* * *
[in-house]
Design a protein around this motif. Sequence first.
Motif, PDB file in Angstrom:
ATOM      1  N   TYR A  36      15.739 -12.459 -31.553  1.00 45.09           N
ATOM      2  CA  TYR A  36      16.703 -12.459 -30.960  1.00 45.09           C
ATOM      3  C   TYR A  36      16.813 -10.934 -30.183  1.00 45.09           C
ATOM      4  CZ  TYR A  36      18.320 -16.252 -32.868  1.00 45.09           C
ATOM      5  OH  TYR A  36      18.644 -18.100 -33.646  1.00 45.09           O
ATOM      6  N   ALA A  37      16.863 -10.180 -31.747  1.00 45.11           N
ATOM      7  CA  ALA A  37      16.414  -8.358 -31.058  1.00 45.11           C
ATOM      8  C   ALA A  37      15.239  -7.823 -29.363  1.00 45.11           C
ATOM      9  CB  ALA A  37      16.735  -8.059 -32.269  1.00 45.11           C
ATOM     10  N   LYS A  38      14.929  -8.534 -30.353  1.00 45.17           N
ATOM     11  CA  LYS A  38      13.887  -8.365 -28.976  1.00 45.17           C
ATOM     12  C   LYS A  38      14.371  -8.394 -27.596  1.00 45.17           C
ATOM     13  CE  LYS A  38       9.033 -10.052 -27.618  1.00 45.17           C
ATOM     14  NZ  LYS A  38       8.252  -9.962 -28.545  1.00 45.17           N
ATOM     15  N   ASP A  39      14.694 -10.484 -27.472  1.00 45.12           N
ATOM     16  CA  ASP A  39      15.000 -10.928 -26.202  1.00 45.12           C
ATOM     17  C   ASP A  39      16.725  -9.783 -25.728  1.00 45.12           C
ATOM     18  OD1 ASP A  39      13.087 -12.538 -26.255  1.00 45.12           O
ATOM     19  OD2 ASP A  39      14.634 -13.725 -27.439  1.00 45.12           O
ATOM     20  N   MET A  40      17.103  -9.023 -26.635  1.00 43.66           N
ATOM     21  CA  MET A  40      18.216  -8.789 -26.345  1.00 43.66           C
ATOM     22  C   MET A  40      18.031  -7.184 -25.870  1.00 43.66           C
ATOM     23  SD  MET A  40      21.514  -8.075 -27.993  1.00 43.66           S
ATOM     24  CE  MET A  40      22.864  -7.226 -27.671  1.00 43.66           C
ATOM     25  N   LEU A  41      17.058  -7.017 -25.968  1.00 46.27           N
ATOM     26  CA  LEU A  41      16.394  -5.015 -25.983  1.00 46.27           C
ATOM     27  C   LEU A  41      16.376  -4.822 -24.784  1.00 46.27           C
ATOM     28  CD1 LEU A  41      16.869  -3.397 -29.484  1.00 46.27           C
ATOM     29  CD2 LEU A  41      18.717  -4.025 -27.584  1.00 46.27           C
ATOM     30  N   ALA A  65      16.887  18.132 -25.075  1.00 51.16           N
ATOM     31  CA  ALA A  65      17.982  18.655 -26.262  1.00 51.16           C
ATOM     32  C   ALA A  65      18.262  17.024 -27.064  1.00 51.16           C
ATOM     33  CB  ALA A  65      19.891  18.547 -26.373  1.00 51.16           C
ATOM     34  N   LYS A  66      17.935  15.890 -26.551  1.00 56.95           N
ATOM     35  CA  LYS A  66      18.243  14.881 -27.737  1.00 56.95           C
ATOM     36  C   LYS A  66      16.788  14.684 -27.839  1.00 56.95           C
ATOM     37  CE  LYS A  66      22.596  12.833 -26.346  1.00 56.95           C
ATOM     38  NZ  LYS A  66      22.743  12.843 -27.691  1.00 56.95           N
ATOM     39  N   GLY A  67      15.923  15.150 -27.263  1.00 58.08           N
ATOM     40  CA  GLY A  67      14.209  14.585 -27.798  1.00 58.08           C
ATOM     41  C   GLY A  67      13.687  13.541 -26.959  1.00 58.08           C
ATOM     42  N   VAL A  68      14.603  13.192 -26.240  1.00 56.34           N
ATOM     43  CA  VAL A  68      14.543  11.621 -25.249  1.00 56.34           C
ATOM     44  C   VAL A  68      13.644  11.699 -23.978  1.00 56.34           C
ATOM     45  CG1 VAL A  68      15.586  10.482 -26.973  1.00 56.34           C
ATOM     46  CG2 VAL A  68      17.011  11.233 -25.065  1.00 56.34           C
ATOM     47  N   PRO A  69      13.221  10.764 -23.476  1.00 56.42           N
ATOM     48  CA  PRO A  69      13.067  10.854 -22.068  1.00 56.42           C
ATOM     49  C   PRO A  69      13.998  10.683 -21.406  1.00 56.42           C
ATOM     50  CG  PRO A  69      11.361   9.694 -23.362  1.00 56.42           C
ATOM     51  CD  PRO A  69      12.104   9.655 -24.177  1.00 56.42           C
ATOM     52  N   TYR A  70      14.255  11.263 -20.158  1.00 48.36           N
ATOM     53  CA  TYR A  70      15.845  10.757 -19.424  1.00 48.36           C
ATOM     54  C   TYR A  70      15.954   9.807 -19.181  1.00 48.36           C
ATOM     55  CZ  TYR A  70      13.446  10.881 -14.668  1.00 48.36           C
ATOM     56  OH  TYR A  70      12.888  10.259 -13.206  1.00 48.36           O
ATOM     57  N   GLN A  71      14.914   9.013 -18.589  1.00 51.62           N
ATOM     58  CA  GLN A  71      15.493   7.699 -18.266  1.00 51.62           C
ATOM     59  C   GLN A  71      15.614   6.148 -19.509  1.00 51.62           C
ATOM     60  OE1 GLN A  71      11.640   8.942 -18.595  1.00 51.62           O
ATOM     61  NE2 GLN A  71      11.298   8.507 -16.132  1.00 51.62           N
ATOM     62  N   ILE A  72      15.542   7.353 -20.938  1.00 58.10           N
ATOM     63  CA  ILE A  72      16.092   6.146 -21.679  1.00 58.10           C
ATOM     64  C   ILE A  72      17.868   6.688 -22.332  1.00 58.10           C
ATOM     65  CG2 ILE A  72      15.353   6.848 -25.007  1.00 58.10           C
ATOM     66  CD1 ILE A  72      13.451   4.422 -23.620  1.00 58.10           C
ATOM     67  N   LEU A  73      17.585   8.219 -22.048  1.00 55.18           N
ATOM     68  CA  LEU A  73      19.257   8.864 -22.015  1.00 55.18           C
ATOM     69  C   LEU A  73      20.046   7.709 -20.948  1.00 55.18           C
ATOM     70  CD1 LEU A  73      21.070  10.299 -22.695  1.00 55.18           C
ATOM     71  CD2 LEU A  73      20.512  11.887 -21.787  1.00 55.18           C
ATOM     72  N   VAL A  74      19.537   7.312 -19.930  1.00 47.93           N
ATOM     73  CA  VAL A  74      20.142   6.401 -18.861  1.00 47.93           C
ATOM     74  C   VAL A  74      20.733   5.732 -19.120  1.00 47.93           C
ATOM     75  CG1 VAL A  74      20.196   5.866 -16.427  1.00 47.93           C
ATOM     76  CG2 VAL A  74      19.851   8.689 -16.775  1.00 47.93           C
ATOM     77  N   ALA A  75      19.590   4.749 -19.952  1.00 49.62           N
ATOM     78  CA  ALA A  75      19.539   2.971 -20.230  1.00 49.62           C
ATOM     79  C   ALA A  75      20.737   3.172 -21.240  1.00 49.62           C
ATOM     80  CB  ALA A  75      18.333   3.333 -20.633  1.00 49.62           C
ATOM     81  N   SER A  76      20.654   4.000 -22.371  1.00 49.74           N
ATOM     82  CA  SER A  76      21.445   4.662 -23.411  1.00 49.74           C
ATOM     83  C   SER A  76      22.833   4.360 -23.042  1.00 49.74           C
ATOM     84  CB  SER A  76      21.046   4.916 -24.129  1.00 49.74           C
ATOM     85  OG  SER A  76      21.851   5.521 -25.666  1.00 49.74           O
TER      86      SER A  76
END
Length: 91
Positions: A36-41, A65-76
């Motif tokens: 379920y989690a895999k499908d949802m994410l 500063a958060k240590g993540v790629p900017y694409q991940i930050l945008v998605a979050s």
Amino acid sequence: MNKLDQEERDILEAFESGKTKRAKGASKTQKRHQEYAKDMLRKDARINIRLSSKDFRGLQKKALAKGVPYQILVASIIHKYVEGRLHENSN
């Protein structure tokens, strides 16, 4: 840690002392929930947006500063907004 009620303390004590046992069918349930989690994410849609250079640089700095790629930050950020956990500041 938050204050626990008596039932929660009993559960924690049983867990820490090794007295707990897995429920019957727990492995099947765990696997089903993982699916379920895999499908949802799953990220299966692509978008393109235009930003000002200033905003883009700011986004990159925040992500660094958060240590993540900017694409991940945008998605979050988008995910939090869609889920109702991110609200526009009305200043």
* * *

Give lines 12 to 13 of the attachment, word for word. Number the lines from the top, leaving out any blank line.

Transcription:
ATOM      9  CB  ALA A  37      16.735  -8.059 -32.269  1.00 45.11           C
ATOM     10  N   LYS A  38      14.929  -8.534 -30.353  1.00 45.17           N